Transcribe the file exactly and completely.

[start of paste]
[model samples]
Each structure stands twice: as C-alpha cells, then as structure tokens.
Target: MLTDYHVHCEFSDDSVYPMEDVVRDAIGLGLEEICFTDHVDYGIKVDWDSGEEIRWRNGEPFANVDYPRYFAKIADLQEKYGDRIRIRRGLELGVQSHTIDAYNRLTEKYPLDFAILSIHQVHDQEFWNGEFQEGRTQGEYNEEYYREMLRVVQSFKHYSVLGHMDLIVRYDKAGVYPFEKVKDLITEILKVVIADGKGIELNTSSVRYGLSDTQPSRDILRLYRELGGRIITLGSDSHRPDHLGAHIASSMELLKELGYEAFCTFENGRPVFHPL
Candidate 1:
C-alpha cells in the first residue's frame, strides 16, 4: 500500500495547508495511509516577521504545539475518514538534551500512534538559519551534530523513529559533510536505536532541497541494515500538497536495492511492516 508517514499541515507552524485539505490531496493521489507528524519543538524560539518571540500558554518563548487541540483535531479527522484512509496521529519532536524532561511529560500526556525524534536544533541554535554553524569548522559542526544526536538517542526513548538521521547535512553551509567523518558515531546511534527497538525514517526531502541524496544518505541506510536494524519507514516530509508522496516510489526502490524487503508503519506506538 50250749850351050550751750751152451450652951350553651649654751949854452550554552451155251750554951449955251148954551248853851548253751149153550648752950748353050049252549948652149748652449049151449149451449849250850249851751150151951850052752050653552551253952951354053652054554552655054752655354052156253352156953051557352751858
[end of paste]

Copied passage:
[model samples]
Each structure stands twice: as C-alpha cells, then as structure tokens.
Target: MLTDYHVHCEFSDDSVYPMEDVVRDAIGLGLEEICFTDHVDYGIKVDWDSGEEIRWRNGEPFANVDYPRYFAKIADLQEKYGDRIRIRRGLELGVQSHTIDAYNRLTEKYPLDFAILSIHQVHDQEFWNGEFQEGRTQGEYNEEYYREMLRVVQSFKHYSVLGHMDLIVRYDKAGVYPFEKVKDLITEILKVVIADGKGIELNTSSVRYGLSDTQPSRDILRLYRELGGRIITLGSDSHRPDHLGAHIASSMELLKELGYEAFCTFENGRPVFHPL
Candidate 1:
C-alpha cells in the first residue's frame, strides 16, 4: 500500500495547508495511509516577521504545539475518514538534551500512534538559519551534530523513529559533510536505536532541497541494515500538497536495492511492516 508517514499541515507552524485539505490531496493521489507528524519543538524560539518571540500558554518563548487541540483535531479527522484512509496521529519532536524532561511529560500526556525524534536544533541554535554553524569548522559542526544526536538517542526513548538521521547535512553551509567523518558515531546511534527497538525514517526531502541524496544518505541506510536494524519507514516530509508522496516510489526502490524487503508503519506506538 50250749850351050550751750751152451450652951350553651649654751949854452550554552451155251750554951449955251148954551248853851548253751149153550648752950748353050049252549948652149748652449049151449149451449849250850249851751150151951850052752050653552551253952951354053652054554552655054752655354052156253352156953051557352751858